“When people look at my pictures I want them to feel the way they do when they want to read a line of a poem twice.” Robert Frank, LIFE (26 November 1951), p. 21

Robert Frank is on my mind because I was looking through The Americans and thinking about the exhibition I saw at the Met last year. The book was the second monograph I bought when I became interested in photography in high school. I hit the streets shooting my own versions of his grainy, crusty black and white subjects: a doll in a store window, a hippie handing out free-press papers in Georgetown, a young couple entwined on a bench in front of The White House.
Reading his contact sheets in the show at the Met I was astounded to see how sloppy they are: underexposed, out of order, some strips exposed upside down and backwards. This was comforting to me. I have spent the last 13 years as a photography teacher advising my students to make readable contact sheets in an attempt to make up for all the mistakes I made with mine. Knowing now that Frank was as sloppy in the darkroom as I and yet managed to get enough good prints to make a ground-breaking monograph that would change the course of photographic history made me feel a little better about my own process.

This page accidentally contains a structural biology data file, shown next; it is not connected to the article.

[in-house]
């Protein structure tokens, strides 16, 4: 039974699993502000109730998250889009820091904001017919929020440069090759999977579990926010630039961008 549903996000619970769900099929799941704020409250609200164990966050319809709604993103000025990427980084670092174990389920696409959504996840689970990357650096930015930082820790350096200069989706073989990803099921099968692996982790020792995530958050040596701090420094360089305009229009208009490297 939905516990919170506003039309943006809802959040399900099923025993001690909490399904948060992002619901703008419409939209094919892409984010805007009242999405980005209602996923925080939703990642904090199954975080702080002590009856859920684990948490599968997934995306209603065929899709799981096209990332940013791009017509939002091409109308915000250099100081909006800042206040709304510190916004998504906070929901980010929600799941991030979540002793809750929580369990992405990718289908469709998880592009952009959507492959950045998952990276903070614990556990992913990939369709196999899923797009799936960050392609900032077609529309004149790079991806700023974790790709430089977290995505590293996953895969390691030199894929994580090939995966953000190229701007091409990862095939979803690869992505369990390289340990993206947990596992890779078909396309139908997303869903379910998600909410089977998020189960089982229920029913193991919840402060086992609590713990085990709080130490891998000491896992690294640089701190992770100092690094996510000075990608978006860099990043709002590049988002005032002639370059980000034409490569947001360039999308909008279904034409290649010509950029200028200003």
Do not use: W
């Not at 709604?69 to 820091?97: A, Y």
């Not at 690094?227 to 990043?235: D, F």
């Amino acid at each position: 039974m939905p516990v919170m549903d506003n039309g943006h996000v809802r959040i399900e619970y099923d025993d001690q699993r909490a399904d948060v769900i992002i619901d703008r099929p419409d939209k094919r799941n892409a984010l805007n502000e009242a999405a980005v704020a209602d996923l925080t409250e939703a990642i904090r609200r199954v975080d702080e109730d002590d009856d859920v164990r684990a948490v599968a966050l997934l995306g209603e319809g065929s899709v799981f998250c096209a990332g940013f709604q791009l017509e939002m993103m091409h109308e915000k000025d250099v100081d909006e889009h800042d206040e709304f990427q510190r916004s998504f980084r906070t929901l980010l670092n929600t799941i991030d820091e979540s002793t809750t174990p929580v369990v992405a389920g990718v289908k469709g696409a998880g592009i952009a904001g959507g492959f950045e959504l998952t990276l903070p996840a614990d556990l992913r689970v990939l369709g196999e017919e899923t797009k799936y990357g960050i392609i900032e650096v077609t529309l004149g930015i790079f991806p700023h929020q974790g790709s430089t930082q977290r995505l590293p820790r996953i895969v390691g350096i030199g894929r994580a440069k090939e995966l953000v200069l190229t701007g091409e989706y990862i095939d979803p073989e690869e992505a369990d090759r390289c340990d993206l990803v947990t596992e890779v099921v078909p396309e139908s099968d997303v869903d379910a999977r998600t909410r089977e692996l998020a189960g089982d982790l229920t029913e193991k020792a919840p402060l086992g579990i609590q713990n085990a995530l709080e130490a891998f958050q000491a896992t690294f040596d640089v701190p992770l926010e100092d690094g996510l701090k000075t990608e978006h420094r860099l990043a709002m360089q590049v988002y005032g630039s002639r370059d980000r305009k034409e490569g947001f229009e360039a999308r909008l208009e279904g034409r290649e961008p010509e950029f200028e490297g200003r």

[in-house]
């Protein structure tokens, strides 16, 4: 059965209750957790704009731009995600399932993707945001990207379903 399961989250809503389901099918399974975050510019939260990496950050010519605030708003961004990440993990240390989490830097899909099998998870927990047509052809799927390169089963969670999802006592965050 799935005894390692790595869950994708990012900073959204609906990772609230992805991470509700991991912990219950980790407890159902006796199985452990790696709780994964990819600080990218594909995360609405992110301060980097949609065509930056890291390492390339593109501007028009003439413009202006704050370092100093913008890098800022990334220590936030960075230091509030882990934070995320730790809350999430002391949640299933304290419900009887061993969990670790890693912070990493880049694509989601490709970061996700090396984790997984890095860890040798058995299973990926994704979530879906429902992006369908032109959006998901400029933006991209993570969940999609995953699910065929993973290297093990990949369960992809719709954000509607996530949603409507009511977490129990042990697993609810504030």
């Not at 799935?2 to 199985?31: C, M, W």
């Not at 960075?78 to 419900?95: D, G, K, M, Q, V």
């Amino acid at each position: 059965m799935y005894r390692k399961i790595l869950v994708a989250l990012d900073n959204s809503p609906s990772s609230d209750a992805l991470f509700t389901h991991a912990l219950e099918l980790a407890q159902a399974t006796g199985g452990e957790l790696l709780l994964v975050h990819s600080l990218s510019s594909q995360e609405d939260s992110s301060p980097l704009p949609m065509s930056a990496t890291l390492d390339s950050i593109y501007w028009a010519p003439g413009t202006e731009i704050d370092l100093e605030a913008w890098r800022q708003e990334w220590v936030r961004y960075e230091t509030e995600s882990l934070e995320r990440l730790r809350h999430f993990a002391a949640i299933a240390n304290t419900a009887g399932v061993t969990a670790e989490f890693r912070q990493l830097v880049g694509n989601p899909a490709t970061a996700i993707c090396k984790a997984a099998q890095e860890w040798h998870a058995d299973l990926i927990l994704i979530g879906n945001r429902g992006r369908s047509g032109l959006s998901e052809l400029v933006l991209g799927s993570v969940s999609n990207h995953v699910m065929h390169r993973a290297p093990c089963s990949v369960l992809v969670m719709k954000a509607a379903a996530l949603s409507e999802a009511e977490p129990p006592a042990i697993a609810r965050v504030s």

So, back to the quote: Photographs have a lot in common with Haiku. And lately my Blackberry is my camera of choice. The pared down technology and instantaneous networking possibilities remind me of the SX-70. And you don’t have to take them too seriously, just as momentary observations, fleeting thoughts.

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